Sam Elliott sat quietly in his elegant tux at the Warner Bros. table, where Clint Eastwood was making “Crazy Rich Asians” star Michelle Yeoh laugh. But the “A Star Is Born” Oscar contender was not in a jovial mood. “The fire came over the Malibu ridge,” he said. He and wife Katharine Ross stayed to save their house by pouring water on it. “But we have no power. This all seems very surreal.” He knows many others who did lose their homes.
The ongoing fires cast a pall over the 10th annual Governors Awards, which is a night for the Academy of Motion Picture Arts & Sciences to congratulate its own without worrying about winning or losing. The Governors Awards celebrated five icons on Sunday night at Hollywood & Highland, but cut back the red carpet to photos only due to the California wildfires. Academy president John Bailey opened the event by acknowledging that Polish cinematographer Dariusz Wolski’s home was destroyed by the flames: “Some of our own history was lost in the same fire, at Paramount Ranch, home to the Academy’s summer screenings of silent films.”
This year’s honorary Oscar presentations were something of a Steven Spielberg family affair as the filmmaker thanked Marvin Levy, his loyal publicist of 41 years, who started working with him on “Close Encounters of the Third Kind” at Columbia in 1977 and stayed through the formation of Amblin, DreamWorks, and Amblin again, as he supported causes from the 1963 March on Washington to the Shoah Foundation. “That’s what we do, we use celebrity to fight for civil rights,” he said.
Two other members of the extended Spielberg family, Lucasfilm CEO Kathleen Kennedy and producer Frank Marshall, accepted the Irving G. Thalberg Memorial Award for “a consistently high quality of motion picture production.”
They’re the first married couple (32 years strong) to take home the prize together, and Kennedy is the first woman. They met on the set of “Raiders of the Lost Ark” in 1979 and were professional collaborators before they fell in love. “It was the beginning of a beautiful friendship,” Kennedy said. Who knew that she was one of the “Anything Goes” dancers in “Indiana Jones and the Temple of Doom,” or that Spielberg broke in on her making out with her future husband, becoming a third wheel?
Long before the “Bourne” franchise, Marshall started out helping Peter Bogdanovich make “Targets” and “The Last Picture Show,” while Kennedy began as Spielberg’s secretary. He promoted her when he noticed that instead of taking notes at meetings she tended to take them over with her good ideas. “I’m very proud to be the first woman to receive the Thalberg,” she said, “but not the first to deserve it and definitely not the last.” She addressed the room, saying, “each of us has an obligation that everyone who has a story to tell be given an opportunity.”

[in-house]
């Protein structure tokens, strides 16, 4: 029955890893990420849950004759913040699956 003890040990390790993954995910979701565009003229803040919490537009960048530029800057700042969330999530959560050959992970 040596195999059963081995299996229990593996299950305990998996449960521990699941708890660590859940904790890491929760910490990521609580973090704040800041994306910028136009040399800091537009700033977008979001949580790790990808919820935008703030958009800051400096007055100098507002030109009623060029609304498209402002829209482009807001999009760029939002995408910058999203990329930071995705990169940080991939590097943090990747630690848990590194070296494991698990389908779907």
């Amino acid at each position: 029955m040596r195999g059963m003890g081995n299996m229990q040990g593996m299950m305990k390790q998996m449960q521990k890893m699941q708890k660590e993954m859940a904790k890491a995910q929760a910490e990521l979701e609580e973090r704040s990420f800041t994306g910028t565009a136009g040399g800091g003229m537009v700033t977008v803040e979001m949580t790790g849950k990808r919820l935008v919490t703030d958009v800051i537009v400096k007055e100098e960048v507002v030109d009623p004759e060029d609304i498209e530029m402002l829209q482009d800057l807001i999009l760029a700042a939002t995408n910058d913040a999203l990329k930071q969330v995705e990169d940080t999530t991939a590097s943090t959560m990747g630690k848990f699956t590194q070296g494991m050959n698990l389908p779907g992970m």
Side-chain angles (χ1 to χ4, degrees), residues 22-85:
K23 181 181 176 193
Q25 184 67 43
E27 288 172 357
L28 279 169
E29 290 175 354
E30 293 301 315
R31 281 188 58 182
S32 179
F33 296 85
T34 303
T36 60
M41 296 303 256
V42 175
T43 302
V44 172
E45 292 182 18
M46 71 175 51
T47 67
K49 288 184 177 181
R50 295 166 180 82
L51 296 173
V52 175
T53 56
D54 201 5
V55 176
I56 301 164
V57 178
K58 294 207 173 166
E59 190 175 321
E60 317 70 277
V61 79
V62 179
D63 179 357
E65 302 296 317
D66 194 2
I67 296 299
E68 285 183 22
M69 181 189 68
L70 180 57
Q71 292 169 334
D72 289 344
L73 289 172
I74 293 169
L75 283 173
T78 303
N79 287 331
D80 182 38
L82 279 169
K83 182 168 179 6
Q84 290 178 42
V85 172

The Governor Awards draw such a dazzling crowd partly because powerhouses like Oprah Winfrey, Shonda Rhimes, Quincy Jones, Ava DuVernay, and Tyler Perry want to honor a revered legend like 93-year-old actress Cicely Tyson (“Sounder,” “Roots,” The Autobiography of Miss Jane Pittman”). “To be able to touch just one person is a gift,” she said in her moving speech, without teleprompter.
But the event has become a must-attend because every studio and indie distributor in town is happy to fill up their tables with would-be Oscar contenders — it’s like shooting fish in a barrel. And the shifting shape of Hollywood is revealed as well, as Amazon and Netflix attendees spill across the studio landscape.
Ascending Fox executive Emma Watts was splitting her time with “The Hate U Give” stars Amandla Stenberg and Russell Hornsby, “Widows” director Steve McQueen and statuesque Elizabeth Debicki, and “Bohemian Rhapsody” star Rami Malek while hobnobbing with her new bosses, Disney’s Bob Iger and Alan Horn. She’s looking forward to starting fresh, she said.
At the Fox Searchlight table, “The Favourite” director Yorgos Lanthimos admitted that while the studio may have wanted him to change a few things in his wickedly dissonant movie, “they never insisted on it,” he said. “I have final cut.” Star Emma Stone was deep in conversation with the star of another costume drama, “Mary Queen of Scots”‘ Saoirse Ronan, written by “House of Cards” showrunner Beau Willimon. Marielle Heller’s “Can You Ever Forgive Me?” stars Richard E. Grant and Melissa McCarthy were roaming the room.
In a strong year for studio product, Disney/Marvel’s “Black Panther” stars Michael B. Jordan, Chadwick Boseman, Lupita Nyong’o, and Danai Gurira were on hand, along with “Incredibles 2” auteur Brad Bird and Emily Blunt (with “A Quiet Place” director John Krasinski) and Lin-Manuel Miranda, whose holiday juggernaut “Mary Poppins Returns” was unveiled this weekend.